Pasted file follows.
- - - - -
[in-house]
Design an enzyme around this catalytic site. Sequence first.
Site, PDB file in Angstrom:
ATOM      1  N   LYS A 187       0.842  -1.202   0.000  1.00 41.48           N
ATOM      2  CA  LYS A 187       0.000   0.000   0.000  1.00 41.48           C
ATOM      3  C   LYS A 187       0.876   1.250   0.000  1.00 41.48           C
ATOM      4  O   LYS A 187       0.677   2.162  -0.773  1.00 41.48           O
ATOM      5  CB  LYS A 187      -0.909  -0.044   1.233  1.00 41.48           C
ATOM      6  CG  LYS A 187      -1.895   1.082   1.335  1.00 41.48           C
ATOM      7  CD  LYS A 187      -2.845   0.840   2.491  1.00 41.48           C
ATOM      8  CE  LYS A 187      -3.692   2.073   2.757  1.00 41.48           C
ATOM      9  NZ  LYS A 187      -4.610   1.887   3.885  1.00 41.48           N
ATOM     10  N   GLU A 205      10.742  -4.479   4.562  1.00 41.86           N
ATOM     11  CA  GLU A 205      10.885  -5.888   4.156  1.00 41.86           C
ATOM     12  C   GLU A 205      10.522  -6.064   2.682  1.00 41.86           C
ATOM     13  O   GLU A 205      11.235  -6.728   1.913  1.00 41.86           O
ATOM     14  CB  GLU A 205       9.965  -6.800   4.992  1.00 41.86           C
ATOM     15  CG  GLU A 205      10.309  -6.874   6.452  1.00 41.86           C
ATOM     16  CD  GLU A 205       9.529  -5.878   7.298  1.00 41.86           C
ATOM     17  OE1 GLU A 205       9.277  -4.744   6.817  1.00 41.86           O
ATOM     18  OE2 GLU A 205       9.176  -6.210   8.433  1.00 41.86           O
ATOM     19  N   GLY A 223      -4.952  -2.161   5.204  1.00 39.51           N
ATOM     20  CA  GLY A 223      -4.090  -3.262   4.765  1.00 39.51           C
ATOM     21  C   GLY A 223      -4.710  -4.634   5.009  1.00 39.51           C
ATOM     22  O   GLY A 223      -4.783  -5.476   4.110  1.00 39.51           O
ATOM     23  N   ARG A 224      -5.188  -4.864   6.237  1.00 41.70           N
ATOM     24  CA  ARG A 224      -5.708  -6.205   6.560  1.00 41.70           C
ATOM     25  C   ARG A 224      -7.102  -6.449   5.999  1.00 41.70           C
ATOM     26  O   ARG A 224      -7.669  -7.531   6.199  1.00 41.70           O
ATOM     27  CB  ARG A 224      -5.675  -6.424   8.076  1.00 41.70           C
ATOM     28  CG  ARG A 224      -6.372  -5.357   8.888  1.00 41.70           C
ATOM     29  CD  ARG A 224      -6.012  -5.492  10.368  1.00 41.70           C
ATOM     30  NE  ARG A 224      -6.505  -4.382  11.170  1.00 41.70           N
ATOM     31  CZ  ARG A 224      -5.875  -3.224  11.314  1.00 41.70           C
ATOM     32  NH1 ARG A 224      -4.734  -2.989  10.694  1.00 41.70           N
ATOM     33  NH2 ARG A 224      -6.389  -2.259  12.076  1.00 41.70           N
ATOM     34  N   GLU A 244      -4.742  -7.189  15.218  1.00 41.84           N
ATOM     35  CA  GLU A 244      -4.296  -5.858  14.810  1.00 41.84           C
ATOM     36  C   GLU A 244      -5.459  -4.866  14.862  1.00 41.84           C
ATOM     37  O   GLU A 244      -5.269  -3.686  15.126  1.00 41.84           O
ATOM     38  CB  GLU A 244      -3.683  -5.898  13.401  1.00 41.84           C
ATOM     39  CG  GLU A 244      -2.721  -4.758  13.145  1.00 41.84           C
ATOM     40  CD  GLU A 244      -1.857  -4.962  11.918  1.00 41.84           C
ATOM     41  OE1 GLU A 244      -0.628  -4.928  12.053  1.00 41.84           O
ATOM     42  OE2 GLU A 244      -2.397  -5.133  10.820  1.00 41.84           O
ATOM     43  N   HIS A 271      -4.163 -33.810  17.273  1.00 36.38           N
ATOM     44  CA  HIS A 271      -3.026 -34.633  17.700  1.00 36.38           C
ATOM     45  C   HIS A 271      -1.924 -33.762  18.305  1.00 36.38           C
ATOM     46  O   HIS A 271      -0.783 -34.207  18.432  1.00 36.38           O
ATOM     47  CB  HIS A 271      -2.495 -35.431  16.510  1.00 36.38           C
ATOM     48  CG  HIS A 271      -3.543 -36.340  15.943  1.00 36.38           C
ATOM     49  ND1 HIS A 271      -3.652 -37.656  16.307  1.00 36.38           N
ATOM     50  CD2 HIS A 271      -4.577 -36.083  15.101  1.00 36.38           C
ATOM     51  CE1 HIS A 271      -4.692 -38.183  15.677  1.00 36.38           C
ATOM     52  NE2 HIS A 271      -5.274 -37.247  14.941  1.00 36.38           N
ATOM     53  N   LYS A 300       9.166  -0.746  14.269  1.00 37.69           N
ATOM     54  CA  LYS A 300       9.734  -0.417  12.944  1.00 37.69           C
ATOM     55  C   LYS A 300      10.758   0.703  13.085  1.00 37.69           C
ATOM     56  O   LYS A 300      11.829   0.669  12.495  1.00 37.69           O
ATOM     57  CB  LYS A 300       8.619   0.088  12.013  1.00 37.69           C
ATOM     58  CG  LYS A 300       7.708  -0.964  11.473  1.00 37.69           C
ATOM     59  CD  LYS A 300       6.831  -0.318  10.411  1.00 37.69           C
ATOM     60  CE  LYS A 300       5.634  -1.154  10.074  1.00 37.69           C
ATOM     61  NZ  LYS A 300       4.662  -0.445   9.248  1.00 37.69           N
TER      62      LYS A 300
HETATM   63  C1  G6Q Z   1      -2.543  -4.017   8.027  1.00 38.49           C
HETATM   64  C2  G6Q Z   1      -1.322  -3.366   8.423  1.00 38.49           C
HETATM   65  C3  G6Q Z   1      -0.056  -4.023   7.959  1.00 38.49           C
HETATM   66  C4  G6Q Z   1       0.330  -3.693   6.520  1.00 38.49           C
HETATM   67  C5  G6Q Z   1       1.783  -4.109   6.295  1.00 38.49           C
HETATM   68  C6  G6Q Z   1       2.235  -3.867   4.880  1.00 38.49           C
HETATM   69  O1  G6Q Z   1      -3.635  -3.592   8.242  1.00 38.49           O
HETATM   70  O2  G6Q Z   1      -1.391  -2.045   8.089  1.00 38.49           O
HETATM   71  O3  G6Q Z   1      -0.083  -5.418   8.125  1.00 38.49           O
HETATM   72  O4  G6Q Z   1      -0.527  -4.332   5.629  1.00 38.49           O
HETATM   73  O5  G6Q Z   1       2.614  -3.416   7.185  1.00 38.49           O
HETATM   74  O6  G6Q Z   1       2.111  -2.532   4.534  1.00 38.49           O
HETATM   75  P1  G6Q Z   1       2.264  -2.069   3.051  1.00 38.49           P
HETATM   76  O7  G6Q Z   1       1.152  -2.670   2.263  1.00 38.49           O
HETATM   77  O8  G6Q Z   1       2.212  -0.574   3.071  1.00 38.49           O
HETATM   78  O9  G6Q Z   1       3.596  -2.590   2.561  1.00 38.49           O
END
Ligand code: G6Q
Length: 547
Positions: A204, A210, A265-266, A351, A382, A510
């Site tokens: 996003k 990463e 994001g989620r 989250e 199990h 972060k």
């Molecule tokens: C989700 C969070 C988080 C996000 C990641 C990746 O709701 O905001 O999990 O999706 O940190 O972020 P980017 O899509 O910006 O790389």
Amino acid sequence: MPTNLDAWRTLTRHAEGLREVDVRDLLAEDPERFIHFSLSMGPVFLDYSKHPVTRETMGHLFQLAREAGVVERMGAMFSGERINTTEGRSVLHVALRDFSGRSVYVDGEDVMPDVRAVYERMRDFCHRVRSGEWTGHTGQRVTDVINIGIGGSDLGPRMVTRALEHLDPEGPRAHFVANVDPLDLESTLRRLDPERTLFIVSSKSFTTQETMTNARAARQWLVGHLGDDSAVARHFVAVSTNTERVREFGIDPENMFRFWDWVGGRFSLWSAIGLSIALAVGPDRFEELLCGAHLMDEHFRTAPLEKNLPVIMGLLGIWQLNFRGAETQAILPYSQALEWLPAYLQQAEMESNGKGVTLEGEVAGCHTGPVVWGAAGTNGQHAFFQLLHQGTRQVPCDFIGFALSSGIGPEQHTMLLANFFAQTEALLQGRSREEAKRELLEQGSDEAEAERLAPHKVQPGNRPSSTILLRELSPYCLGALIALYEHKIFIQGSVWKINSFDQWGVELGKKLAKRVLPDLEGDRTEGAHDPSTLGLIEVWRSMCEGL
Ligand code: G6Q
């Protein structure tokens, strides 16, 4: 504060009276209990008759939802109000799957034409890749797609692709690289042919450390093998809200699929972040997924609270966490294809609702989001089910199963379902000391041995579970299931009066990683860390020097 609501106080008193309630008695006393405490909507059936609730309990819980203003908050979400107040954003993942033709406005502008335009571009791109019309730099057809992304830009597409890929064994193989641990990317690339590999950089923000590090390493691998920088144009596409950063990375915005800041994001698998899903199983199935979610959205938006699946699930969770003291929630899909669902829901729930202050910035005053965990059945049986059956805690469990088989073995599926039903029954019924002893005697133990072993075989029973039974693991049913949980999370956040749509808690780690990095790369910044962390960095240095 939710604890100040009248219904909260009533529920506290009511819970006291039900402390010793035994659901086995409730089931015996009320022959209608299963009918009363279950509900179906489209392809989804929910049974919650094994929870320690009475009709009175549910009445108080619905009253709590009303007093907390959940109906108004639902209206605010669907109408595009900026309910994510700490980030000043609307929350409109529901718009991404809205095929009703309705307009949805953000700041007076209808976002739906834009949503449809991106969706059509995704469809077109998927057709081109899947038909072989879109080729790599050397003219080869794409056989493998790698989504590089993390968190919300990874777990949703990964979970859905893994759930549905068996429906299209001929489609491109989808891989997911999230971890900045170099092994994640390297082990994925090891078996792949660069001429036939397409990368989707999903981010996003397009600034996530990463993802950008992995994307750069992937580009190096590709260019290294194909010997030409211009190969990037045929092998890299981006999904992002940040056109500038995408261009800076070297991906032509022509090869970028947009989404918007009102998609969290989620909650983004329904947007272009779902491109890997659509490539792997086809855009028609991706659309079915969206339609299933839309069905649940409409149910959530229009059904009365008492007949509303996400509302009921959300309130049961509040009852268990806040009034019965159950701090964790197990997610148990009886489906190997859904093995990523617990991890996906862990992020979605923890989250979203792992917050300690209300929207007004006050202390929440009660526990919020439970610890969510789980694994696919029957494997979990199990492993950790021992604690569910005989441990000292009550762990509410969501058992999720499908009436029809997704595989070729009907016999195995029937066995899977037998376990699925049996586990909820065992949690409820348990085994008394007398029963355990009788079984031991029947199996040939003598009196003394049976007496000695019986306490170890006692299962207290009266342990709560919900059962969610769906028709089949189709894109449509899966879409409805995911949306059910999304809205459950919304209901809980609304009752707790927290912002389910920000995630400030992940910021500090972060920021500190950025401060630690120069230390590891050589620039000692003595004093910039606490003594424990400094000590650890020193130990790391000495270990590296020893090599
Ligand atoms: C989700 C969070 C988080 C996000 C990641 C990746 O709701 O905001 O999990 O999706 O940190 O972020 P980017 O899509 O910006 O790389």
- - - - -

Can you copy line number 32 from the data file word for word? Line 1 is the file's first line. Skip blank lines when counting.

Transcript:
ATOM     29  CD  ARG A 224      -6.012  -5.492  10.368  1.00 41.70           C